With the exhibition ‘Senses and Sins’ the Boijmans Van Beuningen Museum presents an important survey of painters of everyday life in the Golden Age, starting with Willem Buytewech in about 1620 and ending with Frans van Mieris around 1670. Highlights of this exhibition are three paintings by Johannes Vermeer and works by other painters such as Adriaen Brouwer, Gerrit Dou, Pieter de Hoogh, Jan Steen and Gerard ter Borch. The presentation in the Boijmans Van Beuningen Museum in Rotterdam lasts from October 23 2004 to January 9 2005, after which the exhibition will travel to the Städelsches Kunstinsitut in Frankfurt.
The 82 paintings comprising the exhibition are by 22 artists and come from numerous museums in the Netherlands and other countries. Each and every one of these artists specialized in specific subjects, and many of them depicted lively, bucolic, refined and sometimes mysterious scenes.
In Amsterdam, for instance, there were three painters – Pieter Codde (1599/1600 - 1678), Symon Kick (1603-1652) and Willem Duyster (1599-1635) – who specialized in genre painting, in particular soldiers who spent their time sleeping or playing at dice in an inn or a barn.
Adriaan Brouwer (1605/06-1638), who came from Flanders but worked in Haarlem, was unsurpassed in his depictions of drinking and quarrelling peasants, and who was also a master of facial expression. Adriaan van Ostade (1610-1685) was influenced by Brouwer at first and specialized in scenes of carousing peasants.
Gerrit Dou (1613-1675), whose most important painting, The Quack, belongs to the collection of the Boijmans Van Beuningen Museum, was already a celebrated artist during his lifetime. Dou was one of Rembrandt’s pupils; he developed a technique which had a strong influence on the Leiden school of ‘precise painters’.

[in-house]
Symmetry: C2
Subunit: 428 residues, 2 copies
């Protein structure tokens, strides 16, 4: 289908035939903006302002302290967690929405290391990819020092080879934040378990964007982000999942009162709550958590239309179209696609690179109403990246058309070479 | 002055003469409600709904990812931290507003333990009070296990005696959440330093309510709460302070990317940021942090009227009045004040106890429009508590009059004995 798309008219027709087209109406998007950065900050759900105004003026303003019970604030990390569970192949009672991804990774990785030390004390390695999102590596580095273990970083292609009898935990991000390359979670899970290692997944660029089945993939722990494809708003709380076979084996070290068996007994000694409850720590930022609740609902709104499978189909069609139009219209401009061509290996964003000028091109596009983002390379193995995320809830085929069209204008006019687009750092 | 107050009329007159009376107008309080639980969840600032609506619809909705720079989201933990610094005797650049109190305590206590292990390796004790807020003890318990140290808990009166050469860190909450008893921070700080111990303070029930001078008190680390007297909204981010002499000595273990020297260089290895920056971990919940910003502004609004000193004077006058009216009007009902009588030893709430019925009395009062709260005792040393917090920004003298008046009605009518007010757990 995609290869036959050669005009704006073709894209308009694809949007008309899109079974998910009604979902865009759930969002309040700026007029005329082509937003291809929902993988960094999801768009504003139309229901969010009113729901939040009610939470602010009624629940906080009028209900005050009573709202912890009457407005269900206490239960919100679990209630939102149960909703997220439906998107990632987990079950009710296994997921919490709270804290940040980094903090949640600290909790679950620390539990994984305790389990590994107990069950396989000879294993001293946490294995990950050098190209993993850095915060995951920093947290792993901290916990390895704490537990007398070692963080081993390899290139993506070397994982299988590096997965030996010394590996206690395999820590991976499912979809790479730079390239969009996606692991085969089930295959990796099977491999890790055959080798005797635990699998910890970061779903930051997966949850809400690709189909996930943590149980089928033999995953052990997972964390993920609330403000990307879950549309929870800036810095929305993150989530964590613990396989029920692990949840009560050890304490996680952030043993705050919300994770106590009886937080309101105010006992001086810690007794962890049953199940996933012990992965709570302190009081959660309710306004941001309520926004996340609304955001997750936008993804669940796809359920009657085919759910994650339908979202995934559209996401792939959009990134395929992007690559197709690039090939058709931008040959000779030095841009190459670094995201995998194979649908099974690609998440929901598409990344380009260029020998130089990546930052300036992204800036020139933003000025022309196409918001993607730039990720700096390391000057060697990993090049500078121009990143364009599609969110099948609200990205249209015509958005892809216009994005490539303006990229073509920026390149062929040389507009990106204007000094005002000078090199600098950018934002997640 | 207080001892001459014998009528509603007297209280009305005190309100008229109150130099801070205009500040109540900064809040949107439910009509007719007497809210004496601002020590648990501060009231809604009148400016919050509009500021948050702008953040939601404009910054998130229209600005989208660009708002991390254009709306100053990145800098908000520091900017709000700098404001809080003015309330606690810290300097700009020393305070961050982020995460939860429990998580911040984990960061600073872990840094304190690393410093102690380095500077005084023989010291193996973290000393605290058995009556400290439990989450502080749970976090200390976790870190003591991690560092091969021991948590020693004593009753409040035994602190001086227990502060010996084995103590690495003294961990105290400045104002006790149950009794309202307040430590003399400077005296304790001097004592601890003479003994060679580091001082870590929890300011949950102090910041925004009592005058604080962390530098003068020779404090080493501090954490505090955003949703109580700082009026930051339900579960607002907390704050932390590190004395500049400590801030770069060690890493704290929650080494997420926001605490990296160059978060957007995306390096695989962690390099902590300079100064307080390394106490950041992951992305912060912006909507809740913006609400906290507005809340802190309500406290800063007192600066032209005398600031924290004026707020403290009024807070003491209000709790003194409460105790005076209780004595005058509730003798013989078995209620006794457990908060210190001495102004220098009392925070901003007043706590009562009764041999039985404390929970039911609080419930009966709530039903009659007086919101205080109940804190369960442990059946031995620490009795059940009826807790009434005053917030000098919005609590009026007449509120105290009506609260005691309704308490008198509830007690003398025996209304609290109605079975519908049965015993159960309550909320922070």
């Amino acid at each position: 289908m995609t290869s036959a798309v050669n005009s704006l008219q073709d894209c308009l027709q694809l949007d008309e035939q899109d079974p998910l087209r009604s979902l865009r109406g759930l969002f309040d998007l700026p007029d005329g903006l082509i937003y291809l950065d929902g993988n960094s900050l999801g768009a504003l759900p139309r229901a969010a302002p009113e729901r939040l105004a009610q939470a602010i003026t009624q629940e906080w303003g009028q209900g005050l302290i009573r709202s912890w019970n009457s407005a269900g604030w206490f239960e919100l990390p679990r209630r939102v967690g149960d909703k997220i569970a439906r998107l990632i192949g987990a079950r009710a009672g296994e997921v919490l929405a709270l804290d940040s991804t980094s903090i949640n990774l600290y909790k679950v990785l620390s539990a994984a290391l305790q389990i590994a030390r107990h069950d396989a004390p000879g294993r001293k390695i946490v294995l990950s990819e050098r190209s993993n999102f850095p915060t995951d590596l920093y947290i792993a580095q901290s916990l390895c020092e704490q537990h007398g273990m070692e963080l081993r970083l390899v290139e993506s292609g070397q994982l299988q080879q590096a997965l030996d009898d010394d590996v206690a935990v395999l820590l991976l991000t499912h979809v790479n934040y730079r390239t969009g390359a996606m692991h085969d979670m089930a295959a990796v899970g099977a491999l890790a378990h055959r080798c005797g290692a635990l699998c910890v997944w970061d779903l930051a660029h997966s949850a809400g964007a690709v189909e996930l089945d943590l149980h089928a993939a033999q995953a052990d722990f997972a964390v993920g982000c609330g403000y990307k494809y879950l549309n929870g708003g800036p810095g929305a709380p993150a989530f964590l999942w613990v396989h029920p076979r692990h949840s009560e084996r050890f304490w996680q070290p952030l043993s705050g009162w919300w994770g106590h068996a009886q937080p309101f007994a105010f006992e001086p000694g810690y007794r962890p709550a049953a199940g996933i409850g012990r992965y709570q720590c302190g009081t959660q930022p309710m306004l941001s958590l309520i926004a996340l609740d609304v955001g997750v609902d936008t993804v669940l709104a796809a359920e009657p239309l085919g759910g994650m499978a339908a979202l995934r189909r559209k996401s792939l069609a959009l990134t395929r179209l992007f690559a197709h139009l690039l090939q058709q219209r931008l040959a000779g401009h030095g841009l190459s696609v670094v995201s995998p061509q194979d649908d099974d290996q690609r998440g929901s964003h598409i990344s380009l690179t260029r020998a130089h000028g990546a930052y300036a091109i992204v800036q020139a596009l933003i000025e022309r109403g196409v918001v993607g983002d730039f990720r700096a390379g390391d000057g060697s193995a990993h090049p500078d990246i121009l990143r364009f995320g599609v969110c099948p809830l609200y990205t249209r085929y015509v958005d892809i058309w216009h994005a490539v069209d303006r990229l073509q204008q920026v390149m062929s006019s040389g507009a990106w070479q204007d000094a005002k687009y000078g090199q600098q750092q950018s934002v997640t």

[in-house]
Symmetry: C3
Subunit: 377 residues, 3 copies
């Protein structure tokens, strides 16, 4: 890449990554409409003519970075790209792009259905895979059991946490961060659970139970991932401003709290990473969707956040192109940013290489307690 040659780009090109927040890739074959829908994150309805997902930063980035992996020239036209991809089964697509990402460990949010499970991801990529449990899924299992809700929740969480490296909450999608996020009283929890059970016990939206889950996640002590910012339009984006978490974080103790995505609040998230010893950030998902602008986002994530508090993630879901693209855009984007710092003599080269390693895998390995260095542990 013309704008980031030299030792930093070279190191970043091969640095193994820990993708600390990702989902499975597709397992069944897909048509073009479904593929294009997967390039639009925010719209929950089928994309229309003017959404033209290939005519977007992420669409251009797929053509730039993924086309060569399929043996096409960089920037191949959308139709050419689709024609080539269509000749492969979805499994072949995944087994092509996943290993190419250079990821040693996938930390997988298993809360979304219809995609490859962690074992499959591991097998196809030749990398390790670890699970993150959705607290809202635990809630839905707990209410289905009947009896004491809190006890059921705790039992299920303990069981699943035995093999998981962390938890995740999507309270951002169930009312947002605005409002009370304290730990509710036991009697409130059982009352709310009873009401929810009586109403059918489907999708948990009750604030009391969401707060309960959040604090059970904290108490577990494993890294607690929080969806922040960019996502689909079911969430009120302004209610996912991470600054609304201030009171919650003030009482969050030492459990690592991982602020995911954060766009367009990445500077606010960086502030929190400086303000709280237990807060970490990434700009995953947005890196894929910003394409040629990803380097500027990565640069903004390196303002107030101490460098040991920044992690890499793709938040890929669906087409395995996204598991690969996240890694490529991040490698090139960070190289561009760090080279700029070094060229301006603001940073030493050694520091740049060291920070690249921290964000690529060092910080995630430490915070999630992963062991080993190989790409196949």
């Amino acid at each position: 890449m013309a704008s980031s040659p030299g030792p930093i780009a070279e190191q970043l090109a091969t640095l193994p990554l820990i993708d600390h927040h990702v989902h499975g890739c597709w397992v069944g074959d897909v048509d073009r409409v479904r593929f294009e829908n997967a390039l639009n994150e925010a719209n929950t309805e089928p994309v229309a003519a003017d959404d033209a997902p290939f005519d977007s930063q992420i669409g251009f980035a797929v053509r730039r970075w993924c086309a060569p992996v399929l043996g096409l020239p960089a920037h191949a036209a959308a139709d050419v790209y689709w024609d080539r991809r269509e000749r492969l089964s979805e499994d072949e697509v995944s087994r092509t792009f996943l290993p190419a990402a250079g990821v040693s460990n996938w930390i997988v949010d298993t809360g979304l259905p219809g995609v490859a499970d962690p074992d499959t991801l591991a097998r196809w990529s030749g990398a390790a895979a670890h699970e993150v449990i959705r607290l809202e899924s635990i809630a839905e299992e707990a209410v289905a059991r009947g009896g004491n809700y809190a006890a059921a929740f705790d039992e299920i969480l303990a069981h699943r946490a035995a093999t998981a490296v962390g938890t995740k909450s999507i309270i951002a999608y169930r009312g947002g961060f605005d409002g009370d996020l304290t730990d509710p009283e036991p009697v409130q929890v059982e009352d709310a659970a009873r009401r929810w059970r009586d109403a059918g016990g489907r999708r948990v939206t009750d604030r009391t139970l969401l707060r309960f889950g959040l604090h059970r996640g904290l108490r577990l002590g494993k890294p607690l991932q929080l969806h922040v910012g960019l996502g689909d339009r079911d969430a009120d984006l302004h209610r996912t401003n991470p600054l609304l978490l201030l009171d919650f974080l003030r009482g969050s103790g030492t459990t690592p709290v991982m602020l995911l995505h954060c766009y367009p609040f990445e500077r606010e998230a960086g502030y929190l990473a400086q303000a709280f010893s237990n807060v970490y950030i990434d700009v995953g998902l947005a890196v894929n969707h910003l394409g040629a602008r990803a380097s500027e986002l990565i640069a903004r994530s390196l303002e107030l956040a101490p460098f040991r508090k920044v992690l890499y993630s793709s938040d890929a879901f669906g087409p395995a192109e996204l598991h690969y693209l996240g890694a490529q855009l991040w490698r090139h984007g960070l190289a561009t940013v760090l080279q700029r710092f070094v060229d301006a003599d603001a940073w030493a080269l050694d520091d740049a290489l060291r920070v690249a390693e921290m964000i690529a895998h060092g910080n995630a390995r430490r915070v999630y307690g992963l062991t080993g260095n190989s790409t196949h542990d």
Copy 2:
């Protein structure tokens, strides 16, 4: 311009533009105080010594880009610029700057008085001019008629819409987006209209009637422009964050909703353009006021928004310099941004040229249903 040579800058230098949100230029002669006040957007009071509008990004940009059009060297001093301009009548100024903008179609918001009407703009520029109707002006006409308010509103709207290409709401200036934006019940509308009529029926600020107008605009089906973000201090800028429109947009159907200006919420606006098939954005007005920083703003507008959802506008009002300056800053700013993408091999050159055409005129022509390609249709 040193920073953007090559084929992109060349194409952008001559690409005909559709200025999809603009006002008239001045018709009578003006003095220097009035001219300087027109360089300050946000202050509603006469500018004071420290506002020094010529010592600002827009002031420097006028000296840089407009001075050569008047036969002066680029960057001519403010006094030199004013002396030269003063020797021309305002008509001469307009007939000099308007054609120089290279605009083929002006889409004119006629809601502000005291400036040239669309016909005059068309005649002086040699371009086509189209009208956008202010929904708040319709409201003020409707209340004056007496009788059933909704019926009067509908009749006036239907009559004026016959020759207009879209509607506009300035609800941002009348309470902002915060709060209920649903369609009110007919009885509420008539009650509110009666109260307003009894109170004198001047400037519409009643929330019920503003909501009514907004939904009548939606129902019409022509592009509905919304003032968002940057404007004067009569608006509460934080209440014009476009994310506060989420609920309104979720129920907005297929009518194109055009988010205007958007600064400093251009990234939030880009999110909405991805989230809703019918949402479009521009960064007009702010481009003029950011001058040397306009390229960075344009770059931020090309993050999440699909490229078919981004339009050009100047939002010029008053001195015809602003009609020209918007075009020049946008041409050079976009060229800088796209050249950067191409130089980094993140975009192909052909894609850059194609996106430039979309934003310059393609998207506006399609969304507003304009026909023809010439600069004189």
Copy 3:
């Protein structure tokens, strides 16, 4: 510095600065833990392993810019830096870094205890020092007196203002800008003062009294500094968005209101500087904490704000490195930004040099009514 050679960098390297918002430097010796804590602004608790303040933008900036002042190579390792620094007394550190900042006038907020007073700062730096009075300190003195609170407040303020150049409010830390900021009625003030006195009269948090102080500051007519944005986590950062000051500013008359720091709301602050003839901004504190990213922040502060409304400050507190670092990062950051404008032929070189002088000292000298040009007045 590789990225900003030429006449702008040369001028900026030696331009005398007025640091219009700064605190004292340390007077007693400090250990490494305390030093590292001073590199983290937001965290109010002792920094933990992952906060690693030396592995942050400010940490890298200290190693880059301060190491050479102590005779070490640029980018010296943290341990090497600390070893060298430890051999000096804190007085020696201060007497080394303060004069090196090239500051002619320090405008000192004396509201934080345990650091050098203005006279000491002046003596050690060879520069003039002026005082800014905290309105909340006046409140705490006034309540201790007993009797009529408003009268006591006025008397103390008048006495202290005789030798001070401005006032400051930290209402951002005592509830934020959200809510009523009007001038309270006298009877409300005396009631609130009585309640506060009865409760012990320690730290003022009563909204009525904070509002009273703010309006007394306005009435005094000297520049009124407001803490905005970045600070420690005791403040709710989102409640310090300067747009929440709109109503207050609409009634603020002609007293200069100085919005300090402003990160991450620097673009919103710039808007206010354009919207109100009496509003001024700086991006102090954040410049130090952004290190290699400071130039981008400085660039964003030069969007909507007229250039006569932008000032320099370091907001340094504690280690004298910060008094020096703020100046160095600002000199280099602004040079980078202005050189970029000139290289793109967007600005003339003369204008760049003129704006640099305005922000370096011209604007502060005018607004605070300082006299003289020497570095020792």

Gerard ter Borch (1616-1681), who worked in Deventer, was likewise renowned for his scenes of elegant society. This coming autumn an exhibition devoted to Ter Borch will be staged in Washington.
Jan Steen (1625/26-1679) is an extremely well-known painter. The exhibition includes his lively painting The Village School from the National Gallery of Scotland, Edinburgh; also a few of his animated depictions of peasants playing skittles and the ‘egg dance’.
A LADY WRITING
oil on canvas
.450 x .399 m (17 3/4 x 15 3/4 in.)
The National Gallery of Art, Washington D.C.
Gift of Harry Waldron Havemeyer and Horace Havemeyer, Jr.
in memory of their father, Horace Havemeyer
Another great painter was Pieter de Hooch (1629-1684), many of whose works depict mothers going about their daily tasks in poetic interiors. His masterpiece from the Berlin museum shows a mother and cradle, with a beautiful pattern of sunlight on the floor. One of the finest paintings from London’s National Gallery will also be on show: Courtyard of a house in Delft.
Masterpieces by Vermeer
Johannes Vermeer (1632-1675) has pride of place in the exhibition with three of his masterpieces. On loan from the Städelsches Kunstinstitut in Frankfurt is his Geographer (1669), famed for its lighting and the detailed rendering of the attributes. Other exhibits are the Woman Writing a Letter, from the National Gallery, Washington, and the Woman Playing the Lute, from the Metropolitan Museum, New York. The female lute-player in this work of 1660 gazes expectantly through the window; the viola da gamba on the floor and the books of music on the table suggest that she is expecting a male visitor.
The exhibition ends with Frans van Mieris (1635-1681). Gerrit Dou’s best pupil is represented by six paintings and may be regarded as the last great seventeenth-century painter of scenes from everyday life. The Duet from the Staatliches Museum in Schwerin is one of Van Mieris’ masterpieces, and bears witness to his influence on Vermeer.